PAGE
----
In previous posts, I’ve written about asking crucial questions to help satisfy the basic psychological needs every human being requires for thriving at work …
1st Crucial Question: Encourage autonomy by asking “What choices did you make today?”
- Acknowledging that you have boundaries you need to work within, what choices do you have within those boundaries?
- Upon reflection, what choices could you have made that you didn’t?
2nd Crucial Question: Deepen relatedness by asking “What did you find meaningful about your work today?”
- What values did you use for making decisions today?
- How did you make a contribution today?
- The third question is simple, but powerful.
3rd Crucial Question: Build competence by asking “What did you learn today?”
- How did you use your expertise to help someone else grow?
- How did your competence grow today?
On the second day of an Optimal Motivation training session, Lauren shared an example of asking the third crucial question:
“I was so eager to use the ideas I learned yesterday, that I decided to apply them immediately. I got home and asked my ten-year-old son, ‘What did you learn today?’ He rolled his eyes and said, ‘Mom, that’s the dumbest question I ever heard.’
I thought, well, maybe these ideas work in the workplace with adults, but not so much with a ten-year-old. Then my son added, ‘Today was the first day of vacation, we didn’t even have school—so I didn’t learn anything!’
I was stunned. I have a value for learning—that’s why I’m in this training session. Here is my son telling me that the only time he learns is in school! We sat down and had a deep conversation about the value of learning—and how learning happens every day and all the time. We would never have had such a truly remarkable discussion if I hadn’t asked him, ‘What did you learn today?’”
Lauren’s story is a wonderful example, but it also might sound an alarm about how we help people build competence. Anyone who has been around a two-year-old has experienced the toddler’s incessant question, “Why?” Why does the toddler ask “Why?” Because she loves growing and learning. We have good intentions to encourage her learning through systems such as school. But, then we begin spurring her on with sticks in the form of stress to earn good grades, pressuring her to be at the top of her class, and urging her to engage in activities that look good on college applications. Next, we evaluate her learning by rewarding her positive performance with carrots in the form of gold stars, public praising, and student-of-the-month awards. Have you ever considered what happens to the majority of the children who do not receive the rewards?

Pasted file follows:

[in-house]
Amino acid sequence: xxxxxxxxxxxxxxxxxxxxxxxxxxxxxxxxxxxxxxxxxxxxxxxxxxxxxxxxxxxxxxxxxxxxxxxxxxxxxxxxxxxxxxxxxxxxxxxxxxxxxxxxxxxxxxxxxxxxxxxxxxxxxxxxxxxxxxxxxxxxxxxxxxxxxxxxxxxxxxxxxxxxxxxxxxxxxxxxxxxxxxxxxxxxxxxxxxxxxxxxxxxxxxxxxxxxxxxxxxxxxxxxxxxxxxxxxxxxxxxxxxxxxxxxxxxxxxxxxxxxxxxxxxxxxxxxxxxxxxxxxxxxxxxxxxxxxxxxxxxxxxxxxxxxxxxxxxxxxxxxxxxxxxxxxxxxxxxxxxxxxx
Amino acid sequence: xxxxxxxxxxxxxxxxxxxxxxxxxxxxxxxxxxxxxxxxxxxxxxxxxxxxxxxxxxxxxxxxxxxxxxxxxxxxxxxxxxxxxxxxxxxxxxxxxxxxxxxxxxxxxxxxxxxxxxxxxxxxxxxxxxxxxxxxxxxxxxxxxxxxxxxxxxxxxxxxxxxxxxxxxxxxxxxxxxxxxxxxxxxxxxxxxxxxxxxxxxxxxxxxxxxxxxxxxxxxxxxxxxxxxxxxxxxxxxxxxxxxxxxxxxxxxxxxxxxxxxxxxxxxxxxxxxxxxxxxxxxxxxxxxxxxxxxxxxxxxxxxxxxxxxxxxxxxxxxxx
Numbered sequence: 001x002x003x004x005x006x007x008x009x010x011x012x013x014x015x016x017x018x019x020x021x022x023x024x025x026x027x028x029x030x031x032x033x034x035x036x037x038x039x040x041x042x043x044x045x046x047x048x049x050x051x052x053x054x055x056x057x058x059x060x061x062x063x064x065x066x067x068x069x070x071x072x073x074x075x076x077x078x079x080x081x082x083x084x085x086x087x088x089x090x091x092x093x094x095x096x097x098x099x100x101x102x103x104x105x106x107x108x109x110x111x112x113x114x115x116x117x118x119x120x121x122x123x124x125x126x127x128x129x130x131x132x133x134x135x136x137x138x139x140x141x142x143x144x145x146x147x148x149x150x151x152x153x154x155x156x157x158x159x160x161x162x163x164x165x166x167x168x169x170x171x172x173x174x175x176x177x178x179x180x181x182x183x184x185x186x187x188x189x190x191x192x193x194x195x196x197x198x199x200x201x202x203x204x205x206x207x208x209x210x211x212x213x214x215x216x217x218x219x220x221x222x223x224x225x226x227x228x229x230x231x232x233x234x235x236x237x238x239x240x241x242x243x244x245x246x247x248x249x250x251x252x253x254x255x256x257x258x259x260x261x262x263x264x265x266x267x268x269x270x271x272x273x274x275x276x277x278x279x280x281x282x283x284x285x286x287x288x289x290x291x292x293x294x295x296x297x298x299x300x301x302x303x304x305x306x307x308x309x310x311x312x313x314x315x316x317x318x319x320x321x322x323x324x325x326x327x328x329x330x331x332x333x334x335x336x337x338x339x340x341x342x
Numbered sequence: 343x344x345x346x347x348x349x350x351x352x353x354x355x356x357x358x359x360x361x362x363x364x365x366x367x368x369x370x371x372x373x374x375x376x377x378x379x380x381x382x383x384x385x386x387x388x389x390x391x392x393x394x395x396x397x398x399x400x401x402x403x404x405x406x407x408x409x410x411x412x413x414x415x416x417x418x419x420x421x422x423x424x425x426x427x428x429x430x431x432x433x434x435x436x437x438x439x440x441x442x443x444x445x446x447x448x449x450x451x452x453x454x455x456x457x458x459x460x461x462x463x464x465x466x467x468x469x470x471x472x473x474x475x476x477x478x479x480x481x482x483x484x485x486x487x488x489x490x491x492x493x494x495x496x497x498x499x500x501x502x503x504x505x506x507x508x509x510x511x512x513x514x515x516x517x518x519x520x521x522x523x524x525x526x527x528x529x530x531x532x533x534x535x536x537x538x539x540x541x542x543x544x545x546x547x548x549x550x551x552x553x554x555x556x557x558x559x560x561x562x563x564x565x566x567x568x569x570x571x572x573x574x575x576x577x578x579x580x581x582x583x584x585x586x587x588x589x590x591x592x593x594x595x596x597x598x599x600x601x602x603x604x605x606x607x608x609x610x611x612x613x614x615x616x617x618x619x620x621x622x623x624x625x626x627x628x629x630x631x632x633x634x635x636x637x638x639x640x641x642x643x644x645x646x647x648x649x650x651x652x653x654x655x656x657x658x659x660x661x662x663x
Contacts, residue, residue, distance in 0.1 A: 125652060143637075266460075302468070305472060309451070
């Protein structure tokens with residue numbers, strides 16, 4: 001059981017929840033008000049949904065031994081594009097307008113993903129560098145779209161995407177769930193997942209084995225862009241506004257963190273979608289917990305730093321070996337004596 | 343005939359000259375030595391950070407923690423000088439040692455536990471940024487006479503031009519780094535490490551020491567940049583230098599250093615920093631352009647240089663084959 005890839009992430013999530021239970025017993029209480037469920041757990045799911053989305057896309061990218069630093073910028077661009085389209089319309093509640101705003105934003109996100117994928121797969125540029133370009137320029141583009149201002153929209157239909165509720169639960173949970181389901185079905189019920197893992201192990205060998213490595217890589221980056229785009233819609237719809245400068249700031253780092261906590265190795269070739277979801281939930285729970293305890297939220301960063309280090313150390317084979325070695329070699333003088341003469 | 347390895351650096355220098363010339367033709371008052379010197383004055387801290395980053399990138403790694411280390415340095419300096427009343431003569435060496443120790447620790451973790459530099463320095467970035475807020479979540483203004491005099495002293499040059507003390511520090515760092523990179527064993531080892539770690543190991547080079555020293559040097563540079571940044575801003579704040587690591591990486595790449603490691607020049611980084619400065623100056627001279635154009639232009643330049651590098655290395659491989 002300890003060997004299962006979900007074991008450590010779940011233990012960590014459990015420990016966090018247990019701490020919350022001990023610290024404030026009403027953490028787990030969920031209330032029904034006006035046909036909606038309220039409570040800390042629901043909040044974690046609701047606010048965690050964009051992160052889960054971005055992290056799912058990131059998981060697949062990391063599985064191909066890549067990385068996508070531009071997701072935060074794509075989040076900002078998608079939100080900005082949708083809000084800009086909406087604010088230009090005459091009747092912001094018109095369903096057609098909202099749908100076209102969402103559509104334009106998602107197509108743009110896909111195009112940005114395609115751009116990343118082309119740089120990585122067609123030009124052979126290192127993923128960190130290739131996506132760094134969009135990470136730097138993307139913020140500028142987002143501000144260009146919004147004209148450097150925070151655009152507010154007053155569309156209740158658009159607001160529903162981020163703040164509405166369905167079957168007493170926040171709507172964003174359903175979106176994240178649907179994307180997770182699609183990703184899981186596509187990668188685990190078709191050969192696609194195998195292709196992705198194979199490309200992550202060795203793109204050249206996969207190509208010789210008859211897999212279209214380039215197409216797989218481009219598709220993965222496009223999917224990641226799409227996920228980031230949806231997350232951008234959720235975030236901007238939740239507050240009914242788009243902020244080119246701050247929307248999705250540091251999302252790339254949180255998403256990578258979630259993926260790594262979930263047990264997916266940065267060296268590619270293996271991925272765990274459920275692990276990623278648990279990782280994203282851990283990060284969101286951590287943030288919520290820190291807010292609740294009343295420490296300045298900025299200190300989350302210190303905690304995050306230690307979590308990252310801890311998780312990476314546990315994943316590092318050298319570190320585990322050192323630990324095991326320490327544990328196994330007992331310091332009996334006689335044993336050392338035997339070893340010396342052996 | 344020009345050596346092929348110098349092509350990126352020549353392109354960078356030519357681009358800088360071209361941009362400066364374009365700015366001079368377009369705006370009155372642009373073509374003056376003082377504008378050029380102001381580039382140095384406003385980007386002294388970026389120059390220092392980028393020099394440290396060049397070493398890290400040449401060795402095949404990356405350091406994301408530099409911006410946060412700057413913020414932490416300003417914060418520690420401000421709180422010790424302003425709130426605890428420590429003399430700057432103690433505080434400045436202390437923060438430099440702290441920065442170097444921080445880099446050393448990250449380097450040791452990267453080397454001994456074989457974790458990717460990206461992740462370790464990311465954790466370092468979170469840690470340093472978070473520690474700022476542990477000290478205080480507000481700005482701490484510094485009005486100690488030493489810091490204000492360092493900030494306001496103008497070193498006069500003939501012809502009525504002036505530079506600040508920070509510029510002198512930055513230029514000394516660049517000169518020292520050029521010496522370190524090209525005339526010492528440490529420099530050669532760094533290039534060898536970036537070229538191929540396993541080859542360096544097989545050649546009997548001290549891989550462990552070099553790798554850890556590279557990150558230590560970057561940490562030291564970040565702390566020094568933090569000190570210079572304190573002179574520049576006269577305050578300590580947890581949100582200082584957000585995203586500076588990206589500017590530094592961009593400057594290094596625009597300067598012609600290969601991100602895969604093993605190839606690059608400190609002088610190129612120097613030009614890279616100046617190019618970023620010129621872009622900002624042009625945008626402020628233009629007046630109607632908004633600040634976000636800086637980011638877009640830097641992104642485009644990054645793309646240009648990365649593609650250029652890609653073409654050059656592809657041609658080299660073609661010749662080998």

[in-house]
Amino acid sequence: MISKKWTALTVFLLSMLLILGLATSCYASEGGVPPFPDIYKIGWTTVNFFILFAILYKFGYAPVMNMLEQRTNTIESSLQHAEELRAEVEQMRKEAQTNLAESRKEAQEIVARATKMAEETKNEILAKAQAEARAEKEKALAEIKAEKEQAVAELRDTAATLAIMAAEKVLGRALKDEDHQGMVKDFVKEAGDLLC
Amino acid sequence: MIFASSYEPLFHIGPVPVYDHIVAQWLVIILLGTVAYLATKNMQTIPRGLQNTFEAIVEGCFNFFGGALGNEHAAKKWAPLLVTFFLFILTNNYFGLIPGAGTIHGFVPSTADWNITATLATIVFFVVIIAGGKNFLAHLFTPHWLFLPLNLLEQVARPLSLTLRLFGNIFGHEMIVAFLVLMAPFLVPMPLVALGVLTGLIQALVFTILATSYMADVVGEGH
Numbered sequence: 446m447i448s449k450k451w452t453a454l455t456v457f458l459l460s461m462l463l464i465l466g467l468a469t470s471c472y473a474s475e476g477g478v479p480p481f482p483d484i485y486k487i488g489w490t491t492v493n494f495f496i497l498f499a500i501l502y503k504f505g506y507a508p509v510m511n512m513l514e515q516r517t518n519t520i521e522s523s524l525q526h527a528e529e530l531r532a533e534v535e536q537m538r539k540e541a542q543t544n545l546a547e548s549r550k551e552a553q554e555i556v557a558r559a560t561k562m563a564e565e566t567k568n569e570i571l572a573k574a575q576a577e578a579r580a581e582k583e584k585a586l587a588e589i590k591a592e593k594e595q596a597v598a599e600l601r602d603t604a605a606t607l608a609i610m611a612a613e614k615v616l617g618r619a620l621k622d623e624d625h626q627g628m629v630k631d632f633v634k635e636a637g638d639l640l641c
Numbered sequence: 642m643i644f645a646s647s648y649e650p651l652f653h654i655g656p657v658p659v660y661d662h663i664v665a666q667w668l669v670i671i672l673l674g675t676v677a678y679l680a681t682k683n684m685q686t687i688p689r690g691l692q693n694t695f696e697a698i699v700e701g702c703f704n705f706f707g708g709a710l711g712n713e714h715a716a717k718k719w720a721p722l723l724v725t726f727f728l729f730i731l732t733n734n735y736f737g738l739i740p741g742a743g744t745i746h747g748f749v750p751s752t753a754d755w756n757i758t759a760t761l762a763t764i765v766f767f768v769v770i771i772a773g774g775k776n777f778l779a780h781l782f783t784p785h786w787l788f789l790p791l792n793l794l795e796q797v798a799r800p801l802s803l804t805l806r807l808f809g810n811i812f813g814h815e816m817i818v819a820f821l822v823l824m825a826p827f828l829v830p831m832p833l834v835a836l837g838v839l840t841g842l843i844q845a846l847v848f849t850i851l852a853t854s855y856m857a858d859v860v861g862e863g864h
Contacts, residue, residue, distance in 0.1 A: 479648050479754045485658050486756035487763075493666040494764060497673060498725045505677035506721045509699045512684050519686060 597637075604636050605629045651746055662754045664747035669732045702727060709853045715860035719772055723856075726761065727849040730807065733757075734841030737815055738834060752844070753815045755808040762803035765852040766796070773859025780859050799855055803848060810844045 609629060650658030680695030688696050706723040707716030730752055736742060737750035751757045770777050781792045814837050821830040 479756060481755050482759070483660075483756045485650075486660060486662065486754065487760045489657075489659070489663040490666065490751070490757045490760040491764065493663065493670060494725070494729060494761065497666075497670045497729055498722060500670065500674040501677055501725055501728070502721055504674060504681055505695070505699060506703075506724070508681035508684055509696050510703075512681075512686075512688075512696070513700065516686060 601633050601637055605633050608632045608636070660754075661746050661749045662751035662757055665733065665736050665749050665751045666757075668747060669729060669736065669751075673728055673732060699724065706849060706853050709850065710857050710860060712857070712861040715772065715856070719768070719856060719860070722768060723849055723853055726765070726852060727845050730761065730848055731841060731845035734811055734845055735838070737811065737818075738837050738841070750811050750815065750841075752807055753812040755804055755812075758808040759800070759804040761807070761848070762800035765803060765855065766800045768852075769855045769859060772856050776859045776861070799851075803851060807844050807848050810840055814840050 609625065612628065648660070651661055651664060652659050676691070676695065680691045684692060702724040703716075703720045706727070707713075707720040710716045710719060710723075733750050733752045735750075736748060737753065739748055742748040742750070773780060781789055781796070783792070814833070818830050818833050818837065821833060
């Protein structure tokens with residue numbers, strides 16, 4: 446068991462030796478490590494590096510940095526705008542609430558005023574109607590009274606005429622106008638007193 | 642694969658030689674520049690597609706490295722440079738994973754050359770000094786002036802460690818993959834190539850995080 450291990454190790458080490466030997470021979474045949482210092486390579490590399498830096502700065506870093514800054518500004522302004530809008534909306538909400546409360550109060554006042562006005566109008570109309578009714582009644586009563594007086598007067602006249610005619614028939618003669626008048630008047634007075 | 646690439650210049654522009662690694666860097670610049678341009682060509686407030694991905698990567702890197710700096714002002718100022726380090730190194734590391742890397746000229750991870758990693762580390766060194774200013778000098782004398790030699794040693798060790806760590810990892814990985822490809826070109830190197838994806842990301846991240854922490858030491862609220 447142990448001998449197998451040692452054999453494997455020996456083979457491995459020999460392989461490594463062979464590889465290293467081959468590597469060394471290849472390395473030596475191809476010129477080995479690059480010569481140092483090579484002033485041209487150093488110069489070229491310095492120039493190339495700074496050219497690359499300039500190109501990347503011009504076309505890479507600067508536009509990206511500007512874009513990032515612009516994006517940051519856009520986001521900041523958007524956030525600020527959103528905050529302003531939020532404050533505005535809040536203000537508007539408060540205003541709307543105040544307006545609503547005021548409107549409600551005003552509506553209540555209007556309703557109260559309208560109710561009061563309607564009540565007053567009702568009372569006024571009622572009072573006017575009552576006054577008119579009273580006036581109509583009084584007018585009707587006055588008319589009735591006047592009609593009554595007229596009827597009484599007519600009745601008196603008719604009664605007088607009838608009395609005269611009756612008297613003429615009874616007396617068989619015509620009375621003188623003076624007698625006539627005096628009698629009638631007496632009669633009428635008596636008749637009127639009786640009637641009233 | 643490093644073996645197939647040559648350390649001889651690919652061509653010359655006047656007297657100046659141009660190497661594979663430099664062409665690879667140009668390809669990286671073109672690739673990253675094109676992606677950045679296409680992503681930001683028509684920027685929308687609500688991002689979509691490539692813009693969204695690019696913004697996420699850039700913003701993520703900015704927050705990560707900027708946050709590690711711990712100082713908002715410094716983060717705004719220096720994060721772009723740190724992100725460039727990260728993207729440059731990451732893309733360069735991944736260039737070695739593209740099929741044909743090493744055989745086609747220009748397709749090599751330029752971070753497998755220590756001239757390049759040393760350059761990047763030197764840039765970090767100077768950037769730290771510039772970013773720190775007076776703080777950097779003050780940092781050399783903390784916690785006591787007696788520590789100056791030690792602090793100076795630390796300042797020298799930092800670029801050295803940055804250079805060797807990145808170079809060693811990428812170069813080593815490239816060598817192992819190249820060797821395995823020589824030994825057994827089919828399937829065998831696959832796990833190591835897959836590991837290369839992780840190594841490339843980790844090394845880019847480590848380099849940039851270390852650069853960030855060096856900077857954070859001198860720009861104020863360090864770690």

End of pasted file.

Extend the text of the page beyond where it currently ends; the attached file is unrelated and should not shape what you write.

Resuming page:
Some school systems started to see the futility of incentive programs that reward the few and discourage the many. Now the trend is Everyone gets a trophy! This solution does not provide the effective teaching or realistic feedback our children need for satisfying their competence.
Bribing children or adults with carrots or driving them with sticks diverts them from their natural love of learning. We question what happened to a child’s sense of wonder as we watch him years later, just going through the motions at work. Children who fell victim to ineffective motivational techniques for learning are now in the workplace hooked on motivational junk food in the form of pay for performance plans and elaborate reward and incentive programs.
You cannot impose growth and learning on people, but you can remind them of their joy for learning. Have you ever delighted in watching babies learning to walk? What do you notice? They fall. A lot. You never question why they fall. It is obvious they are learning. A fascinating question to ask is, “Why do they get back up?” When they pull themselves up to try again, why are they smiling and giggling instead of crying? The answer is that they find joy in learning, growing, and gaining mastery.
We all have a basic need to build competence—to feel effective at meeting everyday challenges and opportunities.
You can promote a workplace that doesn’t undermine your people’s sense of competence. Consider creating new norms, as Garry Ridge, CEO of WD-40, did when he asked his tribe not to talk about mistakes, but instead, focus on learning moments. I’ve heard employees at WD-40 say, “I had a tribe member who had a major learning moment today!” instead of complaining, “One of my employees just screwed up big time!”
At the end of each day, you may be missing a great opportunity if you only focus on, “What did you achieve today?” instead of asking the third crucial question, “What did you learn today?”